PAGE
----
How does pressure act in all directions if gravity is downward only

In summary, the conversation discussed the concept of pressure in liquids and solids. It was noted that in a liquid, the molecules are free to move and spread out due to the presence of a horizontal force, which may come from a pressure difference between the liquid and air. This force is also present in solids, but it requires more force to break the bonds between molecules. It was also mentioned that gravity is not the only force acting on molecules, as there is also internal stress from other molecules. Additionally, fluids deform under shear stress, causing them to "slump" down until the principal stresses are equal and there are no shear stresses.
  • #1
iVenky
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I have a fundamental question about the pressure and I am not sure if my reasoning is correct.

Let's take an example of 7 stones shown below. They don't fall because the center of mass of each stone is falling right under the stone below. If I replace the same thing with a liquid, and we know that the molecules are free to move in a liquid, they all spread out and become flat until the net potential energy is minimum. My fundamental question is what triggered this horizontal force in the first place if gravity is a downward (vertical force). There needs to be some horizontal force to make the molecules move in the horizontal direction. Is it because there is some horizontal force present already in a liquid even in the absence of gravity that makes the molecules move away from each other due to the pressure difference between air (more gaps) and liquid? And it's the same in all directions because only then there is no net force present on the molecule itself that stops it from creating gaps in the liquid?

If that's the case, even solids experience this pressure difference or net force acting on it due to the atmosphere but it doesn't move like liquid because it requires more force to break the force between the molecules. Is this intuition of pressure right?
 

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  • #2
iVenky said:
There needs to be some horizontal force to make the molecules move in the horizontal direction.

I think you are getting at the right idea. You can try and analyse what's happening by considering a small parcel of water, which will be acted upon by pressure forces from all the surrounding water (surface forces) in addition to its weight (body force). Even in a direction orthogonal to the gravitational field, in a non-equilibrium situation the pressure forces on either side of the parcel may differ in magnitude which will result in the parcel accelerating horizontally too.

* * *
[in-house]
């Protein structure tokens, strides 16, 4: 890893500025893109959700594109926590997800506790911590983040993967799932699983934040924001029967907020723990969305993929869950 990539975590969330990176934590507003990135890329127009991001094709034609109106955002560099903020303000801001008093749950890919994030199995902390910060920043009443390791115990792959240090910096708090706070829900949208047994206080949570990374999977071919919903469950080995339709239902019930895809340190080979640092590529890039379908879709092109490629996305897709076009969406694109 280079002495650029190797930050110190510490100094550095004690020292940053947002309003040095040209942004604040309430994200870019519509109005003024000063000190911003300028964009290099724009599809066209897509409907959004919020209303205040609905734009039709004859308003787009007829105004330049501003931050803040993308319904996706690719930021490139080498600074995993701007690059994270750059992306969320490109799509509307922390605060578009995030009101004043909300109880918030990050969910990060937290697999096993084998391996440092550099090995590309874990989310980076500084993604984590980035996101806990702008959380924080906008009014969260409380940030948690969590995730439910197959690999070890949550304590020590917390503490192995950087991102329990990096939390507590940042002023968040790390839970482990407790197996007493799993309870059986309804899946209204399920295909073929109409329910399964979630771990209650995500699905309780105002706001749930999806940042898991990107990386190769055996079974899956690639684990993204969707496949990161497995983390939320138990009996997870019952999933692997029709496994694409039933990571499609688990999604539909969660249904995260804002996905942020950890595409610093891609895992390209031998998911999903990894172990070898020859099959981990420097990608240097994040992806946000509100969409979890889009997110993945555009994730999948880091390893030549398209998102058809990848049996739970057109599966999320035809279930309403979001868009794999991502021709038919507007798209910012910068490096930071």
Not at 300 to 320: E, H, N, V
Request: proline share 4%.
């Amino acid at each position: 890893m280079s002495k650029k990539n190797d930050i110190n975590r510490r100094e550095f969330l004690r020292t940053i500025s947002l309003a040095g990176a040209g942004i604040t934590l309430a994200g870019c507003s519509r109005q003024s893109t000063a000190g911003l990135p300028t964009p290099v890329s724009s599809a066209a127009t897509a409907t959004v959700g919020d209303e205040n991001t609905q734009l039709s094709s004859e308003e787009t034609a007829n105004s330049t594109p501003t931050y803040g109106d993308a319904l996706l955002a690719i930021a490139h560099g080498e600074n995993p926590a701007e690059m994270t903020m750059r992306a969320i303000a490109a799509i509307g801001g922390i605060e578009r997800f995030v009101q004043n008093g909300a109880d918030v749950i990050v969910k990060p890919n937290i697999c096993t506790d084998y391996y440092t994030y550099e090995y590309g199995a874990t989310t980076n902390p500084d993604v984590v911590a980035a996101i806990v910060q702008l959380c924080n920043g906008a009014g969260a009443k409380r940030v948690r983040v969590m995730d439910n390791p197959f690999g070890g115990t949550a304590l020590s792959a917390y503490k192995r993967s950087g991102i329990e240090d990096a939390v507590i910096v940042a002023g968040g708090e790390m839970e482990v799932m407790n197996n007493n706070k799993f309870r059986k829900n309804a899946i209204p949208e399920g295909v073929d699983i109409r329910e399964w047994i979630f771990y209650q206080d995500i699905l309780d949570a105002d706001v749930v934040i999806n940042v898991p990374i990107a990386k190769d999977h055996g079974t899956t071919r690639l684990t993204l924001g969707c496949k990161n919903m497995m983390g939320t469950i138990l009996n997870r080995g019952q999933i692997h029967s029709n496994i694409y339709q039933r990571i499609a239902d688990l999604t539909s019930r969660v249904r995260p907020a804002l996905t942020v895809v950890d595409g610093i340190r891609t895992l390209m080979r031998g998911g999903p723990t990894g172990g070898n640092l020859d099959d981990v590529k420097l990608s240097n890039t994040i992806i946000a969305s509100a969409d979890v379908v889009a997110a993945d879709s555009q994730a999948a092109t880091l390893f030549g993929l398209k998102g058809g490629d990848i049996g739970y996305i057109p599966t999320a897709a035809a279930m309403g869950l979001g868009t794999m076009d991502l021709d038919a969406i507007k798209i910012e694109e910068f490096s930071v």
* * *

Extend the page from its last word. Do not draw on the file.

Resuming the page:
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  • #3
And don't forget that at any finite Temperature everything is constantly wiggling.
 
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  • #4
iVenky said:
... My fundamental question is what triggered this horizontal force in the first place if gravity is a downward (vertical force). There needs to be some horizontal force to make the molecules move in the horizontal direction.
That vertical arrangement is impossible to achieve (for more than few seconds perhaps) if you replace the stones, which enjoy some superficial friction, with steel ball bearings or magnets.
Even having a vertical direction, gravity will be the motor to take each piece to the lowest possible level.
 
  • #5
iVenky said:
My fundamental question is what triggered this horizontal force in the first place if gravity is a downward (vertical force). There needs to be some horizontal force to make the molecules move in the horizontal direction.
Gravity is not the only force acting on the molecules. There is also the internal stress from the other water molecules. This is an internal force so it cannot cause an acceleration of the center of mass, but it certainly can make the liquid spread horizontally.

Fluids deform under shear stress. In a “pile” the stress is primarily axial compression. This means that the principal stresses are unequal, and any time that is the case you will have shear stresses at 45 degrees. So the fluid will “slump” down until the principal stresses are equal and you are left with only an isotropic pressure and no shear stresses.
 
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Related to How does pressure act in all directions if gravity is downward only

What is pressure and how does it act in all directions?

Pressure is a measure of the force exerted on a surface per unit area. It acts in all directions because it is caused by the collisions of particles with the surface.

How does gravity affect pressure?

Gravity only affects pressure in the vertical direction, as it is the force that pulls objects towards the center of the Earth. This means that pressure is greater at lower altitudes due to the weight of the air above.

Why does pressure act in all directions if gravity is only downward?

Pressure acts in all directions because it is caused by the collisions of particles with the surface, not just the force of gravity. This means that even though gravity pulls objects downward, the particles in the air are still colliding with the surface from all directions.

How is pressure distributed in a fluid?

In a fluid, pressure is distributed evenly in all directions. This is because the particles in a fluid are constantly moving and exerting pressure on all surfaces they come in contact with.

Does pressure change with depth?

Yes, pressure increases with depth in a fluid because the weight of the fluid above increases. This is known as hydrostatic pressure and is the reason why deep sea creatures experience greater pressure than those at the surface.

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